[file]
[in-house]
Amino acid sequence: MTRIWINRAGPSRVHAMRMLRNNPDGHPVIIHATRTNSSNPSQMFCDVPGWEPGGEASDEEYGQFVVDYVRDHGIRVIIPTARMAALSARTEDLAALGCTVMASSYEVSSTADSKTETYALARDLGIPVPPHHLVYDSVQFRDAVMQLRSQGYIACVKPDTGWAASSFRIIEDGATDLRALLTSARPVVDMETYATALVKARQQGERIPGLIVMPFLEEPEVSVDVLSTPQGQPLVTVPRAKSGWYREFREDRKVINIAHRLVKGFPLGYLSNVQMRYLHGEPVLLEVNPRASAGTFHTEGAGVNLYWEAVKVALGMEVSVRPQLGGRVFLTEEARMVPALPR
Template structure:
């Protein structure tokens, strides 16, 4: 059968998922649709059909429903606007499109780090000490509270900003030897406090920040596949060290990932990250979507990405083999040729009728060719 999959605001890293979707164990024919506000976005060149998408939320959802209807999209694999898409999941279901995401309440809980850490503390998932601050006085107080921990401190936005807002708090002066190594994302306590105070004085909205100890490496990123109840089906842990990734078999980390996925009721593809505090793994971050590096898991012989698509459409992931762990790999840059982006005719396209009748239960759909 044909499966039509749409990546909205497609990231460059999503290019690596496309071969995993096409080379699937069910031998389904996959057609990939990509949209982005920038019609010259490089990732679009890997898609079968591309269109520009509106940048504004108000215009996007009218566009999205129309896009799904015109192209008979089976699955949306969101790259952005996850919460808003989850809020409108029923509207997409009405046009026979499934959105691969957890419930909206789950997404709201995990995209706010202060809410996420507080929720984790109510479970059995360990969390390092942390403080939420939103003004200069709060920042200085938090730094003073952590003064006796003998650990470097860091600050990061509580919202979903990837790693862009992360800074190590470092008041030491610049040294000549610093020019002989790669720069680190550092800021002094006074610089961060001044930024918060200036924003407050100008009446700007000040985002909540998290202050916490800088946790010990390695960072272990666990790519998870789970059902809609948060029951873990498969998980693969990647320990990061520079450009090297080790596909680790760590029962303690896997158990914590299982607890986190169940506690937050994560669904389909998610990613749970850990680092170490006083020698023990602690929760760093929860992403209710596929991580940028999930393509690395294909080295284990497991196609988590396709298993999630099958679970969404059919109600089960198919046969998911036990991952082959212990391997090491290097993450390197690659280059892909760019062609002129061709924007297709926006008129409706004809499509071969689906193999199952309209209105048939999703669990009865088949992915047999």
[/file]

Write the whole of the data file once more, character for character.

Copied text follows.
[in-house]
Amino acid sequence: MTRIWINRAGPSRVHAMRMLRNNPDGHPVIIHATRTNSSNPSQMFCDVPGWEPGGEASDEEYGQFVVDYVRDHGIRVIIPTARMAALSARTEDLAALGCTVMASSYEVSSTADSKTETYALARDLGIPVPPHHLVYDSVQFRDAVMQLRSQGYIACVKPDTGWAASSFRIIEDGATDLRALLTSARPVVDMETYATALVKARQQGERIPGLIVMPFLEEPEVSVDVLSTPQGQPLVTVPRAKSGWYREFREDRKVINIAHRLVKGFPLGYLSNVQMRYLHGEPVLLEVNPRASAGTFHTEGAGVNLYWEAVKVALGMEVSVRPQLGGRVFLTEEARMVPALPR
Template structure:
């Protein structure tokens, strides 16, 4: 059968998922649709059909429903606007499109780090000490509270900003030897406090920040596949060290990932990250979507990405083999040729009728060719 999959605001890293979707164990024919506000976005060149998408939320959802209807999209694999898409999941279901995401309440809980850490503390998932601050006085107080921990401190936005807002708090002066190594994302306590105070004085909205100890490496990123109840089906842990990734078999980390996925009721593809505090793994971050590096898991012989698509459409992931762990790999840059982006005719396209009748239960759909 044909499966039509749409990546909205497609990231460059999503290019690596496309071969995993096409080379699937069910031998389904996959057609990939990509949209982005920038019609010259490089990732679009890997898609079968591309269109520009509106940048504004108000215009996007009218566009999205129309896009799904015109192209008979089976699955949306969101790259952005996850919460808003989850809020409108029923509207997409009405046009026979499934959105691969957890419930909206789950997404709201995990995209706010202060809410996420507080929720984790109510479970059995360990969390390092942390403080939420939103003004200069709060920042200085938090730094003073952590003064006796003998650990470097860091600050990061509580919202979903990837790693862009992360800074190590470092008041030491610049040294000549610093020019002989790669720069680190550092800021002094006074610089961060001044930024918060200036924003407050100008009446700007000040985002909540998290202050916490800088946790010990390695960072272990666990790519998870789970059902809609948060029951873990498969998980693969990647320990990061520079450009090297080790596909680790760590029962303690896997158990914590299982607890986190169940506690937050994560669904389909998610990613749970850990680092170490006083020698023990602690929760760093929860992403209710596929991580940028999930393509690395294909080295284990497991196609988590396709298993999630099958679970969404059919109600089960198919046969998911036990991952082959212990391997090491290097993450390197690659280059892909760019062609002129061709924007297709926006008129409706004809499509071969689906193999199952309209209105048939999703669990009865088949992915047999």